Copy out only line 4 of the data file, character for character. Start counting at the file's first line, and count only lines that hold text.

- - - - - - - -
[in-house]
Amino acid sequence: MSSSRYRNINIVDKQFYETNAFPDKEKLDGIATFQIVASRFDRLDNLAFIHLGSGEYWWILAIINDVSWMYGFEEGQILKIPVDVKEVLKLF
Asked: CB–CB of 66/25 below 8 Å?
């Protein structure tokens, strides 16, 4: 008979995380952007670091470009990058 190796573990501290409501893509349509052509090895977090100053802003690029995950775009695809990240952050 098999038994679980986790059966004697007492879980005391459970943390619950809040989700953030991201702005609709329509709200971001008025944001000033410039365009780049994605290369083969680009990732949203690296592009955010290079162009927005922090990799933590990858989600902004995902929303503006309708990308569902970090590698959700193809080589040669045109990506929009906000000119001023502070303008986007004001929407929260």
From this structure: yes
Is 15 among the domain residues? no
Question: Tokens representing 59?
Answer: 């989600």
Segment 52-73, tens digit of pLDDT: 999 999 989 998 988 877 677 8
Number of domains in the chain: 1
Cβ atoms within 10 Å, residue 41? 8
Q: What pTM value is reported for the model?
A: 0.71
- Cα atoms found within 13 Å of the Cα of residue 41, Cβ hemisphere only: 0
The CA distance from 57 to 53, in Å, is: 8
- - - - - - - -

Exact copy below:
């Protein structure tokens, strides 16, 4: 008979995380952007670091470009990058 190796573990501290409501893509349509052509090895977090100053802003690029995950775009695809990240952050 098999038994679980986790059966004697007492879980005391459970943390619950809040989700953030991201702005609709329509709200971001008025944001000033410039365009780049994605290369083969680009990732949203690296592009955010290079162009927005922090990799933590990858989600902004995902929303503006309708990308569902970090590698959700193809080589040669045109990506929009906000000119001023502070303008986007004001929407929260």